Lisa Litchfield's picture
Ten

Well aren't they lucky to have a teacher like you, Connie?!?

When I talk about making connections in my presentation, I am going to address making connections to math as well as the humans in the room.  What you and Susan are doing is helping students unpack the math and learn WHY things happen and, in my opinion, that makes it stick with the students longer.  I am also a huge believer that helping students make connections with each other helps your math lessons flow more smoothly.  When they're comfortable with their peers (and the teacher), they are more likely to share their thinking.  I love how you give them things that have multiple ways to get to the answer and have them share their methods.  

Thank you for sharing!

S Jones's picture
One hundred

I love the "what do you think this graph might represent?"   ... especially when it ends up being oh, something relevant to student lives. I saw a twitter example where the graph was about incarceration ... another where it was something w/ agriculture in that area...   When they've been thinking about what things mean, then the engagement is 

BrookeIstas's picture
One hundred

Lisa,

One of the things I do to create a more positive learning experience is I have students share their math journey with me.  I ask them to write about their earliest memory of mathematics and how they felt to where they are currently on this journey.  Their writings are for my eyes only and I often respond with follow-up questions either on paper or one-on-one in my office.  I know that classroom time is so essential in an adult education classroom but I have found that getting to know the people I teach and letting them know that I am on this journey with them helps with self-efficacy and retention.

I do spend time talking about the research that shows how adults learn mathematics.  I tell them what we know about slow thinkers and mistakes (this is all from Jo Boaler's work out of Stanford).  I do sometimes incorporate the videos that Jo has on the Stanford website.  Additionally, when it comes to teaching mathematics I use a lot of Dan Meyer's videos to look at math problems and to just notice and wonder.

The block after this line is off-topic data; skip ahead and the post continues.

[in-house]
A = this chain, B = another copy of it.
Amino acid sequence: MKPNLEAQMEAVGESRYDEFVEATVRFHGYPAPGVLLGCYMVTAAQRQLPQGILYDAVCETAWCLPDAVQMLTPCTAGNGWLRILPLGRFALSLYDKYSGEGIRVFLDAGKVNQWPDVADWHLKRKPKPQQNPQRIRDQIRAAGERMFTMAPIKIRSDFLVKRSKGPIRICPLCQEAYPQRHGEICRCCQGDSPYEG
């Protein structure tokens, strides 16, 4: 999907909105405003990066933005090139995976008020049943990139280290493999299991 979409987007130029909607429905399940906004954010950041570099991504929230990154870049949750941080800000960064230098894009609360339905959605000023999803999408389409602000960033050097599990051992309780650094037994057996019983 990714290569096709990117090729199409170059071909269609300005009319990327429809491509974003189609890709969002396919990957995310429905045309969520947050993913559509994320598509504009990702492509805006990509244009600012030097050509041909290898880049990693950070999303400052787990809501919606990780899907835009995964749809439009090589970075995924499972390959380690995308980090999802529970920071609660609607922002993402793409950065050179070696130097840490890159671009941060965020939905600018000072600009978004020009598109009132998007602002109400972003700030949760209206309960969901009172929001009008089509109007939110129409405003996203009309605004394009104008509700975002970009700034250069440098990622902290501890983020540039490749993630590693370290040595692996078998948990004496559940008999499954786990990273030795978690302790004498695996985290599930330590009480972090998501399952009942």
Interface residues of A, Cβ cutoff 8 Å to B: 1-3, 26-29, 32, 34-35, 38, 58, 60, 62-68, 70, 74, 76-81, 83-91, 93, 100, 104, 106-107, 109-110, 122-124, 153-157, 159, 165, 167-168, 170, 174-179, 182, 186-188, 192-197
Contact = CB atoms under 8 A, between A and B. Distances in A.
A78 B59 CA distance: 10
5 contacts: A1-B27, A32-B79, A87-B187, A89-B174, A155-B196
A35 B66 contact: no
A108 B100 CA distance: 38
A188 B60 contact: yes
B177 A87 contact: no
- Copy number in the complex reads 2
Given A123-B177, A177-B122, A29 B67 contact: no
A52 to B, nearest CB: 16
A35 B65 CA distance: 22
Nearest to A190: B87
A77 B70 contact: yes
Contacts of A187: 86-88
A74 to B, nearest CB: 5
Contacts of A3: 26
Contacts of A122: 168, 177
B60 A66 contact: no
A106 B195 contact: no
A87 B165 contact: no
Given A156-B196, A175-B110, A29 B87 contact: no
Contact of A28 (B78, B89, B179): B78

Your presentation sounds like it is going to be an interesting one, will you be attending COABE?

Brooke

Lisa Litchfield's picture
Ten

If I were a betting girl, I'd bet that most of your students' stories go like this... "I used to be really good at math until I hit grade X.  My teacher was terrible and I haven't understood math since." OR "I don't have a math brain.  My parents weren't good at math, so I'm not either."  Am I right?!? 

I completely agree that Jo Boaler has created great work for us to share with them and it is a great start for helping them change their mindset.  In my opinion, building relationships is one of the best ways to help them see their own potential.  I also think that when they feel important and valued in your classroom, they'll keep coming back.    

I wish I was going to be able to make it to COABE this year, but unfortunately I'm not.  Maybe next year!  Thanks for good feedback; I do appreciate it.  

randomness